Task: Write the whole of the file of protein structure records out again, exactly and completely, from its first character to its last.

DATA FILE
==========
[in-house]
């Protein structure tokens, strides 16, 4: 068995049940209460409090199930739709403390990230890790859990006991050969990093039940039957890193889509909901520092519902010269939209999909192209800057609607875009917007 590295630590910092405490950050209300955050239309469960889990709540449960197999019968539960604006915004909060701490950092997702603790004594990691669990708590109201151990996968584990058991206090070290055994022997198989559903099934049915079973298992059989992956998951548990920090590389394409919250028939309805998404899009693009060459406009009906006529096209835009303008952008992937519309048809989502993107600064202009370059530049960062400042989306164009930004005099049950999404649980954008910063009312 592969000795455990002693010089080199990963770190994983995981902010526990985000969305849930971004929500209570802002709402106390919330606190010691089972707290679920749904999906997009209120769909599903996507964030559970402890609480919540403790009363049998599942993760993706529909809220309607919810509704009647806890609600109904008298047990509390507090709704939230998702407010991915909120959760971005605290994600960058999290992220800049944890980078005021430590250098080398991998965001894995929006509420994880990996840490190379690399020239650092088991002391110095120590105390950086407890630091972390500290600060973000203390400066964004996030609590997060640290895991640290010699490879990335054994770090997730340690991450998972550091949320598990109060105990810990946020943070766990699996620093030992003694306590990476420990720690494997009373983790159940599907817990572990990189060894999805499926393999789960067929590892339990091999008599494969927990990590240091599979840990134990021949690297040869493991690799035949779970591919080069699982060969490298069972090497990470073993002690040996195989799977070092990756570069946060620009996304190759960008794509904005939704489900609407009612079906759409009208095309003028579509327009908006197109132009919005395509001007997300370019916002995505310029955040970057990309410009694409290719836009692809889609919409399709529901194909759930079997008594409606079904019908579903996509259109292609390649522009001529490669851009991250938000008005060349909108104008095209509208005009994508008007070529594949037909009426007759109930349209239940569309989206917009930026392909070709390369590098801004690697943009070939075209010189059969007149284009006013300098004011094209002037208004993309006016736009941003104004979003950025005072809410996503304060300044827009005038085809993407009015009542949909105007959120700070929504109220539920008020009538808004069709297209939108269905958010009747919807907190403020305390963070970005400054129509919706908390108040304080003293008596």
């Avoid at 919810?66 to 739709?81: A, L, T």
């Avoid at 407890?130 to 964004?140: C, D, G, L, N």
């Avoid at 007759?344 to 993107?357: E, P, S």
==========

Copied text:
[in-house]
């Protein structure tokens, strides 16, 4: 068995049940209460409090199930739709403390990230890790859990006991050969990093039940039957890193889509909901520092519902010269939209999909192209800057609607875009917007 590295630590910092405490950050209300955050239309469960889990709540449960197999019968539960604006915004909060701490950092997702603790004594990691669990708590109201151990996968584990058991206090070290055994022997198989559903099934049915079973298992059989992956998951548990920090590389394409919250028939309805998404899009693009060459406009009906006529096209835009303008952008992937519309048809989502993107600064202009370059530049960062400042989306164009930004005099049950999404649980954008910063009312 592969000795455990002693010089080199990963770190994983995981902010526990985000969305849930971004929500209570802002709402106390919330606190010691089972707290679920749904999906997009209120769909599903996507964030559970402890609480919540403790009363049998599942993760993706529909809220309607919810509704009647806890609600109904008298047990509390507090709704939230998702407010991915909120959760971005605290994600960058999290992220800049944890980078005021430590250098080398991998965001894995929006509420994880990996840490190379690399020239650092088991002391110095120590105390950086407890630091972390500290600060973000203390400066964004996030609590997060640290895991640290010699490879990335054994770090997730340690991450998972550091949320598990109060105990810990946020943070766990699996620093030992003694306590990476420990720690494997009373983790159940599907817990572990990189060894999805499926393999789960067929590892339990091999008599494969927990990590240091599979840990134990021949690297040869493991690799035949779970591919080069699982060969490298069972090497990470073993002690040996195989799977070092990756570069946060620009996304190759960008794509904005939704489900609407009612079906759409009208095309003028579509327009908006197109132009919005395509001007997300370019916002995505310029955040970057990309410009694409290719836009692809889609919409399709529901194909759930079997008594409606079904019908579903996509259109292609390649522009001529490669851009991250938000008005060349909108104008095209509208005009994508008007070529594949037909009426007759109930349209239940569309989206917009930026392909070709390369590098801004690697943009070939075209010189059969007149284009006013300098004011094209002037208004993309006016736009941003104004979003950025005072809410996503304060300044827009005038085809993407009015009542949909105007959120700070929504109220539920008020009538808004069709297209939108269905958010009747919807907190403020305390963070970005400054129509919706908390108040304080003293008596």
């Avoid at 919810?66 to 739709?81: A, L, T």
């Avoid at 407890?130 to 964004?140: C, D, G, L, N």
């Avoid at 007759?344 to 993107?357: E, P, S």